Home > Publications . Search All . Browse All . Country . Browse PSC Pubs . PSC Report Series

PSC In The News

RSS Feed icon

Thompson says US prison population is 'staggeringly high' at about 1.5 million, despite 2% drop for 2015

Levy et al. find Michigan's Medicaid expansion boosted state's economy while increasing number of insured

More News

Highlights

NIH funding opportunity: Etiology of Health Disparities and Health Advantages among Immigrant Populations (R01 and R21), open Jan 2017

Russell Sage 2-week workshop on social science genomics, June 11-23, 2017, Santa Barbara

2017 PAA Annual Meeting, April 27-29, Chicago

U-M presents Amy Goodman, Issa Rae, and Shaun King in celebration of MLK

More Highlights

Next Brown Bag

Mon, Jan 23, 2017 at noon:
Decline of cash assistance and child well-being, Luke Shaefer

Self-rated health and morbidity onset among late midlife U.S. adults

Archived Abstract of Former PSC Researcher

Latham, Kenzie, and Charles W. Peek. 2013. "Self-rated health and morbidity onset among late midlife U.S. adults." Journals of Gerontology B: Psychological and Social Sciences, 68(1): 107-116.

OBJECTIVES: Although self-rated health (SRH) is recognized as a strong and consistent predictor of mortality and functional health decline, there are relatively few studies examining SRH as a predictor of morbidity. This study examines the capacity of SRH to predict the onset of chronic disease among the late midlife population (ages 51-61 years). METHOD: Utilizing the first 9 waves (1992-2008) of the Health and Retirement Study, event history analysis was used to estimate the effect of SRH on incidence of 6 major chronic diseases (coronary heart disease, diabetes, stroke, lung disease, arthritis, and cancer) among those who reported none of these conditions at baseline (N = 4,770). RESULTS: SRH was a significant predictor of onset of any chronic condition and all specific chronic conditions excluding cancer. The effect was particularly pronounced for stroke. DISCUSSION: This research provides the strongest and most comprehensive evidence to date of the relationship between SRH and incident morbidity.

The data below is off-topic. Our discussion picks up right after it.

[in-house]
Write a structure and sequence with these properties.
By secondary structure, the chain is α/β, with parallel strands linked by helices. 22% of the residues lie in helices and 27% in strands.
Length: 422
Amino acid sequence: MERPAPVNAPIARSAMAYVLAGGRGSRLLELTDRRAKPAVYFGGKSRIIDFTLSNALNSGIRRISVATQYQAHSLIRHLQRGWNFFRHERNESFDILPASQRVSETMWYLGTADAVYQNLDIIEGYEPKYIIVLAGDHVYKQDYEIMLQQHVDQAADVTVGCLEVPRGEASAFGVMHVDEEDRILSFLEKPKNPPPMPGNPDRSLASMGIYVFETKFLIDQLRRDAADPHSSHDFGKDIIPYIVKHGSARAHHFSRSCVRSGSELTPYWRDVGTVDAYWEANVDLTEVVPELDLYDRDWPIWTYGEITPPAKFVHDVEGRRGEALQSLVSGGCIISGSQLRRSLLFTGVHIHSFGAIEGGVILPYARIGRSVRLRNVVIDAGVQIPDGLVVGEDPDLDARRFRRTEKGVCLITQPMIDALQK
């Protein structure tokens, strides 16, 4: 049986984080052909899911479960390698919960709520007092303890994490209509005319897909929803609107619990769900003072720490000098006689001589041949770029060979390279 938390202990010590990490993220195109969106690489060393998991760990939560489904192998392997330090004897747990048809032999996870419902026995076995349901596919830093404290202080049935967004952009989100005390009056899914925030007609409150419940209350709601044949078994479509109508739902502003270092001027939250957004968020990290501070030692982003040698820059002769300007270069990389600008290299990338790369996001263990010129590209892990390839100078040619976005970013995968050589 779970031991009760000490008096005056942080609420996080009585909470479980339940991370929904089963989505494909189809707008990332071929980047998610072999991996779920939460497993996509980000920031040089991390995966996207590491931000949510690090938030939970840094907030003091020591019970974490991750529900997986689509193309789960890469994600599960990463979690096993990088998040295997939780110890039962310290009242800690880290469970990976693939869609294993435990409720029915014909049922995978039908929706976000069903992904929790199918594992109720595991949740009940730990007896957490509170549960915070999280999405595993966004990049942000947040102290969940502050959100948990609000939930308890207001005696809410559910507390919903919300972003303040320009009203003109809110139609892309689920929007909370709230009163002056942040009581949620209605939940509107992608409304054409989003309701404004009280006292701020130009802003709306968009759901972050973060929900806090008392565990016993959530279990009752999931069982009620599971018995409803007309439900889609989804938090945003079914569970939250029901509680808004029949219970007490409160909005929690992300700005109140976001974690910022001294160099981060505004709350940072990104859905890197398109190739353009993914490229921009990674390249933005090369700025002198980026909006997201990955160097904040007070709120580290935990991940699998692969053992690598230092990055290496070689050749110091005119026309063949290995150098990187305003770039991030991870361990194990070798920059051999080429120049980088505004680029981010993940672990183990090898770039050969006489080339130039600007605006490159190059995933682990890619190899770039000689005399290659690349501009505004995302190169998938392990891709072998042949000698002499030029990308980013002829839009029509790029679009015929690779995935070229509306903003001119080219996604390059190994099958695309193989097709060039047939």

DOI:10.1093/geronb/gbs104 (Full Text)

PMCID: PMC3605944. (Pub Med Central)

Browse | Search : All Pubs | Next